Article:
New York became the last state in the country to adopt no-fault divorce, as New York Gov. David Paterson signed the controversial measure into law Sunday.
The new law allows New York couples to divorce by mutual consent and does not require a spouse to accuse the other of misdeeds, including adultery. Conservative family groups and feminists are among the critics of no-fault divorce.
The controversy began in the 1970s when California became the first state to adopt no-fault. Before then, any person filing for divorce had to prove the other spouse was at fault.
Family law expert Lynn Marie Kohm said that rule led to trauma in the courtroom.
"Judges don't want to hear everyone's dirty laundry in the courtroom and people would like to maintain their privacy," she explained.
Still, there's great disenchantment with no-fault divorce.
Marcia Pappas, president of the National Organization for Women in New York warned that under no-fault, "the moneyed spouse (usually the husband) would have freedom to shelter the marital assets, hire an attorney, and start divorce proceedings before his wife ever suspects what is happening."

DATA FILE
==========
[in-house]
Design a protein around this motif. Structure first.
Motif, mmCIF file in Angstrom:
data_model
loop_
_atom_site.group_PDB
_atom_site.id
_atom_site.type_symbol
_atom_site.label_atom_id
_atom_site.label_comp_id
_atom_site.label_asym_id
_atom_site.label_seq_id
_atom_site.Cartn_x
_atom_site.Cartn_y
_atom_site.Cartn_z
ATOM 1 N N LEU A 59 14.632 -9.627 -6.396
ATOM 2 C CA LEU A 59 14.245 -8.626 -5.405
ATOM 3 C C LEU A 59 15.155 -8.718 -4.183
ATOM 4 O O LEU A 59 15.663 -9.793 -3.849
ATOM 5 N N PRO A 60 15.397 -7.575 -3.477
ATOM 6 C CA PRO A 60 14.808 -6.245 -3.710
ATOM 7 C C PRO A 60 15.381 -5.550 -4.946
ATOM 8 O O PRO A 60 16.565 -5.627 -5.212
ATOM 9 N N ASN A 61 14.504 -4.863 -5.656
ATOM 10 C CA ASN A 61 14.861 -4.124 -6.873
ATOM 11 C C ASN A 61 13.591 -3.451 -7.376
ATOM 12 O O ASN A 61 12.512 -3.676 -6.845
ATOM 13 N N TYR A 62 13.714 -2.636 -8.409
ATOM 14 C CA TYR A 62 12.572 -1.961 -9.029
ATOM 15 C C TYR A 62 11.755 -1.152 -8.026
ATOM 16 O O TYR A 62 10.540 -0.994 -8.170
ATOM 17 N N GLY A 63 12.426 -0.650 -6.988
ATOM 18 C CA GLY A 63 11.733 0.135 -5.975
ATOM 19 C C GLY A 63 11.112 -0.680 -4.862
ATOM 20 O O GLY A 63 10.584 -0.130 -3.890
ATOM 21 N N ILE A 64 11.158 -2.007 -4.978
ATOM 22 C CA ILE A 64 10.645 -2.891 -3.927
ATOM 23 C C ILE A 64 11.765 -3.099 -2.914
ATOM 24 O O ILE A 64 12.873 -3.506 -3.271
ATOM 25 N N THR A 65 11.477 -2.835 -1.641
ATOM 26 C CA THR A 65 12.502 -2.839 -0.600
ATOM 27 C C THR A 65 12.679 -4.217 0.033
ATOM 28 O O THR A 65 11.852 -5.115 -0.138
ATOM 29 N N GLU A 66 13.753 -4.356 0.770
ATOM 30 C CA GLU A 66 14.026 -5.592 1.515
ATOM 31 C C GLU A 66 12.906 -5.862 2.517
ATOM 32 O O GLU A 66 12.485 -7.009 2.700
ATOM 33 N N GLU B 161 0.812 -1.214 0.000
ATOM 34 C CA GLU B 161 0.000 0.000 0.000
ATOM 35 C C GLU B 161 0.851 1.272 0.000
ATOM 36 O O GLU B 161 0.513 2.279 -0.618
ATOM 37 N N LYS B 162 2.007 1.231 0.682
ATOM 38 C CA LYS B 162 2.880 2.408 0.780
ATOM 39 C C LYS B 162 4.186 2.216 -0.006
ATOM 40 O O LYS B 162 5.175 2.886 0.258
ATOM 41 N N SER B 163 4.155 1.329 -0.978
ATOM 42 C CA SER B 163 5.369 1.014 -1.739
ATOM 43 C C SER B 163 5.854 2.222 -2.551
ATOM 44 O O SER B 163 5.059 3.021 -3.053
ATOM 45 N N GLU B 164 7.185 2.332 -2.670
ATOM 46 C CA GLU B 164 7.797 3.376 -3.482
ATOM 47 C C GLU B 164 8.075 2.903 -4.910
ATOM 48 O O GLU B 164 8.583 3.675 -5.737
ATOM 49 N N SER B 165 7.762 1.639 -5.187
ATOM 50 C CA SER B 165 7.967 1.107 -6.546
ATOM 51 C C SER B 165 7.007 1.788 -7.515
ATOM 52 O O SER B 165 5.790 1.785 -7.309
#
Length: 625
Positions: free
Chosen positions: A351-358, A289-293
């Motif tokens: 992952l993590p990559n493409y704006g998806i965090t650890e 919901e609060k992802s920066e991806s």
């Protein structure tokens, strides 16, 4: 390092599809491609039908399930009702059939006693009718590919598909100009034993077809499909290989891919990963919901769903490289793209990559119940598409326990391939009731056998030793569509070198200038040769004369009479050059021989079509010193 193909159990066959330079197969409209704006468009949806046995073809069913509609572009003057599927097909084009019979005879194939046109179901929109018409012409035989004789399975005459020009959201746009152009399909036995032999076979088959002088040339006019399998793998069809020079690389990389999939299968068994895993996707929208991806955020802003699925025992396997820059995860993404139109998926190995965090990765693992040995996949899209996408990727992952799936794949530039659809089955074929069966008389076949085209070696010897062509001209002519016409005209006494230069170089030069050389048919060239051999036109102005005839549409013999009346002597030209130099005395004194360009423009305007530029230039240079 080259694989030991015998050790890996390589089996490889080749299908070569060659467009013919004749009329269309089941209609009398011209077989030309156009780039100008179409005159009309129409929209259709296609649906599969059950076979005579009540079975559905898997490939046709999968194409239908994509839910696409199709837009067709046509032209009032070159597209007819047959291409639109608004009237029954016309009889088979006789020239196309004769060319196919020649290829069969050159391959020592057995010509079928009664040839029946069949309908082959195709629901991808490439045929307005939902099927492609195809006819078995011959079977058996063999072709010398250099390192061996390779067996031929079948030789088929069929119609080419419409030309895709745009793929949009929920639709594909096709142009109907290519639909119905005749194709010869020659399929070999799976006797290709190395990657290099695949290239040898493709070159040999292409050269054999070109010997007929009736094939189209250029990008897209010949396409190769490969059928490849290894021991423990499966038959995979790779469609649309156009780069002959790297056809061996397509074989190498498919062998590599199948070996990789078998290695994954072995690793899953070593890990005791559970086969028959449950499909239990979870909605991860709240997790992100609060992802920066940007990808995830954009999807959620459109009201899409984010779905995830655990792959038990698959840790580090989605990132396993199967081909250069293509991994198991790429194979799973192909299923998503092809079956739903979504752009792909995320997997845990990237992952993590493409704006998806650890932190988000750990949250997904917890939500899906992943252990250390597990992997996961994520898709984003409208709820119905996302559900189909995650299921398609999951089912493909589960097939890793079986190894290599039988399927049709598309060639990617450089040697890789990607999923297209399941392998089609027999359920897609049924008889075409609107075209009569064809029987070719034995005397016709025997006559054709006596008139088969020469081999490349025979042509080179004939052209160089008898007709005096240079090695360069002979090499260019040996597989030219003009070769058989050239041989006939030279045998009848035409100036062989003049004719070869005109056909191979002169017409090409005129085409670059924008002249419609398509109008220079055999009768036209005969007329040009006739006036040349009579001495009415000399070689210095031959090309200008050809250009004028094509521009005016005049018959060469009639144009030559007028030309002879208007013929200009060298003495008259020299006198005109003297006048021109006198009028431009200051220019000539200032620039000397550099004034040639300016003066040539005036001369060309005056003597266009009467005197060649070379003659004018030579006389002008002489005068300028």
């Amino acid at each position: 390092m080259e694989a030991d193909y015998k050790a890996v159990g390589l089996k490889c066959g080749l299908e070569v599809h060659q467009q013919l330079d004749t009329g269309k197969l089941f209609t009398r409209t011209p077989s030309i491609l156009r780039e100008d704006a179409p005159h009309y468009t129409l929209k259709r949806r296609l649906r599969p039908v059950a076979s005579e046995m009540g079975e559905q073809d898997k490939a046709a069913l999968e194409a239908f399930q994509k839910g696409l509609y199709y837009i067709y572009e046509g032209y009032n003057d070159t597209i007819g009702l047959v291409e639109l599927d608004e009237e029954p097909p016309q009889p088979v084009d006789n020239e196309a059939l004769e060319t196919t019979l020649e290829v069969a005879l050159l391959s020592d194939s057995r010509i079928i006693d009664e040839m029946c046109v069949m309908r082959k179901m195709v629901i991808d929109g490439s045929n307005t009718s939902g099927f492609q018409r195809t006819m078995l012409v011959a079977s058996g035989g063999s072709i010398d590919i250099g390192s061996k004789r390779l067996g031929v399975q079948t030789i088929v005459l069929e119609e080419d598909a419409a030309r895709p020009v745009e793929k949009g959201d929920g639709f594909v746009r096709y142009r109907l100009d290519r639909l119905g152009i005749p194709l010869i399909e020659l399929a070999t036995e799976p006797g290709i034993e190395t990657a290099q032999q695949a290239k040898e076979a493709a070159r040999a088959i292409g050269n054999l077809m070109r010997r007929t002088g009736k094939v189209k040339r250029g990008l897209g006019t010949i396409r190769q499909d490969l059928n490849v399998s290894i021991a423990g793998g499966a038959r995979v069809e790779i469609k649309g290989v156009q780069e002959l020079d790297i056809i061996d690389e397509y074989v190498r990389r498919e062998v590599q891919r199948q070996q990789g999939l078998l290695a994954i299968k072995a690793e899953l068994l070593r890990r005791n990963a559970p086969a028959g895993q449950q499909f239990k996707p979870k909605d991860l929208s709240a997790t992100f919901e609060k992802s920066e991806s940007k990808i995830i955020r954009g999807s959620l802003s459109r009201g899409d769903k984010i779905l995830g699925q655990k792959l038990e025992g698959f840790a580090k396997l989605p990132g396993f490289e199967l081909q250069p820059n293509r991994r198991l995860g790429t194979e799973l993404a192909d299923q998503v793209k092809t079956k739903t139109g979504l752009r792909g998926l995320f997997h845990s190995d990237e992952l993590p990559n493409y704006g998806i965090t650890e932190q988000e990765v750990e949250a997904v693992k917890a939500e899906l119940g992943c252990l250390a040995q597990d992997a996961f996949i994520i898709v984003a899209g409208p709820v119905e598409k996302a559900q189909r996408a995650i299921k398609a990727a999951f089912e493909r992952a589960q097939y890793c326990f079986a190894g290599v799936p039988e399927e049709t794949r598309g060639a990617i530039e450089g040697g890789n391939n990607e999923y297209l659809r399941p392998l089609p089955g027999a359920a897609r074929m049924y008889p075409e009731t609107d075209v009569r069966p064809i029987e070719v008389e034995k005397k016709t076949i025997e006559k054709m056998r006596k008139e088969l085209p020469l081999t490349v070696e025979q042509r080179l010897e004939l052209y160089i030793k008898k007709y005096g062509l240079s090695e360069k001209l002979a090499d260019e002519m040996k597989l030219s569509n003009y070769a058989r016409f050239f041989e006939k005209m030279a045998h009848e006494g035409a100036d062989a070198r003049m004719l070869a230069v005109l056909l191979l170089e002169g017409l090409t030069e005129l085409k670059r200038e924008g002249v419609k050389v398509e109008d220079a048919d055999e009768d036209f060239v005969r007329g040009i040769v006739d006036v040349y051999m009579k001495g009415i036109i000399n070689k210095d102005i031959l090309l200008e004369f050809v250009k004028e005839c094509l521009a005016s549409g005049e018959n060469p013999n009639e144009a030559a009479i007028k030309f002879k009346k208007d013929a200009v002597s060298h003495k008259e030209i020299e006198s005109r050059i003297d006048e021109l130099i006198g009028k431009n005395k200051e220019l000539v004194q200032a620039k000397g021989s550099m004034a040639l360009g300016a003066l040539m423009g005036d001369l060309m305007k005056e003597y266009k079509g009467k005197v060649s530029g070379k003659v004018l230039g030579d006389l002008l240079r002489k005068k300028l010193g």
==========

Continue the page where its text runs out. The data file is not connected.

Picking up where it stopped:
Conservatives add that no-fault also weakens the marriage contract and makes it easier for the divorcing spouse to avoid financial obligations.
"We are really changing the definition of marriage from no longer 'till death do us part' but 'until I feel differently,'" said Jason McGuire, executive director of New Yorkers for Constitutional Freedoms. "Marriage is the only contract in the entire country that you can get out of just by your choice, without any consequences," Kohm added.
Even as New York adopts no-fault divorce, a number of states are rethinking the law.
"Many states are considering going back to looking at mutual consent laws, which says it has to be bilateral action between the marriage parties. Both of them have to agree to a no-fault divorce," Kohm said. "That person now in a bilateral agreement can say 'you want to leave--great. Then I need these kind of damages.'"
No-fault opponents say there are other possibilities for states looking to strengthen marriage, like required pre-martial counseling and pre-divorce counseling.